[This book comes out in July 2010]Half Bonobo ape-half human. Who could resist a book with that premise? The book opens and immediately has a fast paced adventure scenario-in the Congo jungle a woman awakes, hears the milita coming, and must flee. She has spent years in the jungle researching and studying the Bonobos and now must get up and run. On the way she stops (well, it is a two day walk from her own hut) at the one other scientist’s hut and finds him dead. She had heard he had a daughter and finds the daughter alive and flees the country with her. That girl is Lucy and it turns out that her scientist father created her with his own sperm used to artificially inseminate a female Bonobo ape.
With any story like this, be it book or movie, you know it is going to come down to the big federal government trying to capture the innocent gentle (think of ET). This had the frightening contemporary angle of the Patriot Act thrown in. The other theme is, of course, the two sides of the individual-her animal side vs. her human side (think Eva by Peter Dickinson). In this story Lucy’s two sides are not so much at war, as complementary. Bonobo apes are something like 98% identical to human beings, and Lucy was highly educated by her father. So while she is super strong and has amazing instincts, she is very much a smart teenage girl, too.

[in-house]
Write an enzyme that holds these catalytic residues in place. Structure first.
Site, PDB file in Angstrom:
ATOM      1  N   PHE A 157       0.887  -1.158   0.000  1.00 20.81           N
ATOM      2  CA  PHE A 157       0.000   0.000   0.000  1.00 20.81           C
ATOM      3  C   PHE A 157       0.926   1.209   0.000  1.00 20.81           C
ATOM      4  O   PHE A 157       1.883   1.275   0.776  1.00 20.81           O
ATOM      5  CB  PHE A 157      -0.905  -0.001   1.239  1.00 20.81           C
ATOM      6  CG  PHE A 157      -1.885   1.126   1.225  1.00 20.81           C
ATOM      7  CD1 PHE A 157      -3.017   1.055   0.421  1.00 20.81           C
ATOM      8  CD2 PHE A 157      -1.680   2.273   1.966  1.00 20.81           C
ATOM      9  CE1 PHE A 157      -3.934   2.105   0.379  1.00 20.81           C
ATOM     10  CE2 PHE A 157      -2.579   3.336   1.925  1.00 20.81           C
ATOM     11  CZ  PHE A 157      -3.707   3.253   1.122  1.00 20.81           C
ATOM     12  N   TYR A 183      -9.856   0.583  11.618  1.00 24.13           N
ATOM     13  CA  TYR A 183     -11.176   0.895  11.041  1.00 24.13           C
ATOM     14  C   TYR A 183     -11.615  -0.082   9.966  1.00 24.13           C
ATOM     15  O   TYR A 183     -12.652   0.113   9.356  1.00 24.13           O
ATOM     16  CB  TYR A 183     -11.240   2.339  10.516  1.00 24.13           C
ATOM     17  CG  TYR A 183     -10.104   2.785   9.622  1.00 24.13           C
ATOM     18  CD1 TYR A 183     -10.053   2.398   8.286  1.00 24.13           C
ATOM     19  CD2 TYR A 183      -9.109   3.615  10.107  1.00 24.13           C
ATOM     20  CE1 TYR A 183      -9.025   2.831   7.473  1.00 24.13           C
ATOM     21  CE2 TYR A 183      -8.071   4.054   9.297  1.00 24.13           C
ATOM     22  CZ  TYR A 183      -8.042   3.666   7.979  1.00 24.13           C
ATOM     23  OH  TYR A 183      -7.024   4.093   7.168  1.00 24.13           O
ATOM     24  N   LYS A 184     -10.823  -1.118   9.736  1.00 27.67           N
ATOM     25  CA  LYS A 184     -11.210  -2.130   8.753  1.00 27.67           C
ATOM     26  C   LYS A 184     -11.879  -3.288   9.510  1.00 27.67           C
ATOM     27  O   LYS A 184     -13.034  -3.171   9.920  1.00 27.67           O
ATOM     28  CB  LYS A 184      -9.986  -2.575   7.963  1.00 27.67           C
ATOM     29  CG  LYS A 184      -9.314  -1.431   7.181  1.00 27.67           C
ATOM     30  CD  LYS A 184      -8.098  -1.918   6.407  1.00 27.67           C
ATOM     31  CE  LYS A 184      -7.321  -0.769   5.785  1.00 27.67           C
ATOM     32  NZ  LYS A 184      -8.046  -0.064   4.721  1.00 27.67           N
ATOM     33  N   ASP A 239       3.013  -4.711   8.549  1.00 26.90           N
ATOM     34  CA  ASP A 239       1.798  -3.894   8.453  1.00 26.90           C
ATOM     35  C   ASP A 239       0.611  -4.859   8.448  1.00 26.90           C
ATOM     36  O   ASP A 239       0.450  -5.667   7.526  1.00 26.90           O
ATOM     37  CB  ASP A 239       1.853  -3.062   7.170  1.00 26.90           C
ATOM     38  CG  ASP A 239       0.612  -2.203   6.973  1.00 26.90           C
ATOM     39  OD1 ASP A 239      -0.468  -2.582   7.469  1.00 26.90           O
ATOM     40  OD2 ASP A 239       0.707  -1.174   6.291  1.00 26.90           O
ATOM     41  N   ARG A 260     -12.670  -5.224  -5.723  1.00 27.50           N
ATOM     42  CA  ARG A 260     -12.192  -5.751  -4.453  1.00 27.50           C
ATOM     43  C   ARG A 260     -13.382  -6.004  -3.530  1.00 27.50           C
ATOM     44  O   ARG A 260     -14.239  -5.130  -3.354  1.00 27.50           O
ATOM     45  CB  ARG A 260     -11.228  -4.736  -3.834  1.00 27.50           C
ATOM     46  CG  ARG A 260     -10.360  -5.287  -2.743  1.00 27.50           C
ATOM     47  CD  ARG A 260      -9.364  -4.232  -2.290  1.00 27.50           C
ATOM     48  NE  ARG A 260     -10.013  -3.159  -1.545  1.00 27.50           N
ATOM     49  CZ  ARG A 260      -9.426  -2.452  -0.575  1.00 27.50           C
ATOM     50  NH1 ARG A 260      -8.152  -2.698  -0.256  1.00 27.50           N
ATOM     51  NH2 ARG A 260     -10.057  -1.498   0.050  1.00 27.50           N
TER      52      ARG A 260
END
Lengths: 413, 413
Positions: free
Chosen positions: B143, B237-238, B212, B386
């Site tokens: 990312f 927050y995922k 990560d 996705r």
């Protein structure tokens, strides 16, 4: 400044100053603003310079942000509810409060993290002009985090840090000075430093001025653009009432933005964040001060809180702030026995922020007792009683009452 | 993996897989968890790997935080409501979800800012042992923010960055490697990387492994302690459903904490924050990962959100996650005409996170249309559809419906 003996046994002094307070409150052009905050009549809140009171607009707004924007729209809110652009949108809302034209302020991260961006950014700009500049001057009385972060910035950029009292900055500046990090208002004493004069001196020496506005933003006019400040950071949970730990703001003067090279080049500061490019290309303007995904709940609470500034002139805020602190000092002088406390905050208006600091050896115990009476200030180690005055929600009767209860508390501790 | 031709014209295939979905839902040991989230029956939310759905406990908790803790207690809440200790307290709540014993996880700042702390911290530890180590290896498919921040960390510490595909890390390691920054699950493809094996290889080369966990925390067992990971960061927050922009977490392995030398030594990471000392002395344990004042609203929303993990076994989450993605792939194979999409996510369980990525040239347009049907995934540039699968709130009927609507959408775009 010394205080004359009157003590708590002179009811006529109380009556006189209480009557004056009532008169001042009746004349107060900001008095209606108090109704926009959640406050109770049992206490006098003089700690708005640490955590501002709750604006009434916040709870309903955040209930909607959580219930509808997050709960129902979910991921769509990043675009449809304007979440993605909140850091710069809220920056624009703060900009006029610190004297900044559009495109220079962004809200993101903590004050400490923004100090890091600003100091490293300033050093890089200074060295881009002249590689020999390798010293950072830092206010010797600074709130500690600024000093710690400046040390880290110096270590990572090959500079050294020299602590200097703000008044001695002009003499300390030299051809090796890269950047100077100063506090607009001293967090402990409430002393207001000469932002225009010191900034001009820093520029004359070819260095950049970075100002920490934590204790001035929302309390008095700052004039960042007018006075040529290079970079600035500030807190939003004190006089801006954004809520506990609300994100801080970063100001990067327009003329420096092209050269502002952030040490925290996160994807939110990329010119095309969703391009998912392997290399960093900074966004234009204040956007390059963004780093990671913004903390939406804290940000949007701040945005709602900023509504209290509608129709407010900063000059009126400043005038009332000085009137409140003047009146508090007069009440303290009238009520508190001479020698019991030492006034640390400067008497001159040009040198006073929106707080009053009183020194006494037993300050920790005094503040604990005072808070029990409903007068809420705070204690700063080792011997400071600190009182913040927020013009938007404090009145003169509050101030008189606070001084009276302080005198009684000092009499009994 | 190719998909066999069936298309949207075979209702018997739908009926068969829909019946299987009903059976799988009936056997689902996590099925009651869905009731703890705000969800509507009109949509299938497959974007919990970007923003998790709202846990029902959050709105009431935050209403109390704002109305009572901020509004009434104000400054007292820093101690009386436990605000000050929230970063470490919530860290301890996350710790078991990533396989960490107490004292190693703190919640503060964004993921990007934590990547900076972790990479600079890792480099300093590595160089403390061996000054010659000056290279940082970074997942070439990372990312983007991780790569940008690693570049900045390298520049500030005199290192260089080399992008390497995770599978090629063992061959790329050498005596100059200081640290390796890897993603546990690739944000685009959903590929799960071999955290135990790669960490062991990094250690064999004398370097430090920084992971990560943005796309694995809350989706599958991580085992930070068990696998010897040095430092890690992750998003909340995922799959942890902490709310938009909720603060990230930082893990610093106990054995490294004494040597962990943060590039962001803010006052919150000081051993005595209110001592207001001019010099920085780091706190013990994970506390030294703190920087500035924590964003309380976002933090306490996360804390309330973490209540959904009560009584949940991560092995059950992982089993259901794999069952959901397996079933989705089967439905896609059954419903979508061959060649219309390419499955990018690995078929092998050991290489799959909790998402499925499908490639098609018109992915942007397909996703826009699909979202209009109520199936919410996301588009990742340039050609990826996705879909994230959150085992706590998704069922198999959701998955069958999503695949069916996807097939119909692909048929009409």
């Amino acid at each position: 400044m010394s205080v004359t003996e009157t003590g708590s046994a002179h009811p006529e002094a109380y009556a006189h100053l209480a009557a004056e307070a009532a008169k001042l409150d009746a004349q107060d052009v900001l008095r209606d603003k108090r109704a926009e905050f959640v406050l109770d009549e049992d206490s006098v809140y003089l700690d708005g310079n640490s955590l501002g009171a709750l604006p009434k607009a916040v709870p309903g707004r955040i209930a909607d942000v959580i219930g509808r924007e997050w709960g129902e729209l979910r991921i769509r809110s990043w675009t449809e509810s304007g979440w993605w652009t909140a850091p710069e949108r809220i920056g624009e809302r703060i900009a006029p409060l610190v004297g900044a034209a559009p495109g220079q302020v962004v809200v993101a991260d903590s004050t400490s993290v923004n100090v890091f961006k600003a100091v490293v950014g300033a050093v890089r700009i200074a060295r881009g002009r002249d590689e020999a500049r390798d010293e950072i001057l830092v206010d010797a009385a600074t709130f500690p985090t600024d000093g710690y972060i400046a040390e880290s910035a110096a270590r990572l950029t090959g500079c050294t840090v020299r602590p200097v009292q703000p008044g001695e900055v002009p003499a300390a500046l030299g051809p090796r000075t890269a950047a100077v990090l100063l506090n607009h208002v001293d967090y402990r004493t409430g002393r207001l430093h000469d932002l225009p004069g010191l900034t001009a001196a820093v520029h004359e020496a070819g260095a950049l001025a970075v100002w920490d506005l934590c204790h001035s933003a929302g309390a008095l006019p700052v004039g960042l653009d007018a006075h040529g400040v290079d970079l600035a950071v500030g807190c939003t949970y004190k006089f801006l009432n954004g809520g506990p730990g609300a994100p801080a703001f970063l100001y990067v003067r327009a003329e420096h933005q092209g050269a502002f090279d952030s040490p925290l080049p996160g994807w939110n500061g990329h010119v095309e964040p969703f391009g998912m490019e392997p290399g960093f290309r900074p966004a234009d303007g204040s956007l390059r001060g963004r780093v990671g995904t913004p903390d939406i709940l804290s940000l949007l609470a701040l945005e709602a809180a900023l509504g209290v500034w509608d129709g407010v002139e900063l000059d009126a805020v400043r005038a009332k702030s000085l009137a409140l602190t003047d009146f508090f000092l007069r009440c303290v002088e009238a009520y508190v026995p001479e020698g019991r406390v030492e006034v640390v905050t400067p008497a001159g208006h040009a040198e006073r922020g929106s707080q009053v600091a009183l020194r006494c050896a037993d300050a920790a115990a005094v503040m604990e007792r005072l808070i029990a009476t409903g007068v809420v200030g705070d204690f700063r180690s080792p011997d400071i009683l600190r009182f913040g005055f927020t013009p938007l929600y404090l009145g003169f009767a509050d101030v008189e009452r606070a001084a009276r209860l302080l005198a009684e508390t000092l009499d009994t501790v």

Jenny, the scientist, and Lucy love each other and attempt to have a normal life outside of the jungle. They are soon like mother and daughter. Lucy connects with another person as well, Amanda, and they are soon best friends.I read this pretty quickly-it was extremely engaging and fast paced and seemed to cover a lot (and a fairly long span of time.) One of the things I really liked about it was when Lucy talked about “The Stream”, which is how animals communicate. Even outside of the jungle she can be in the stream and communicate with pretty much any animal. This would certainly make a good movie and I’d be surprised if it wasn’t optioned for one already (although it was a good book it felt very much like a movie in many ways.)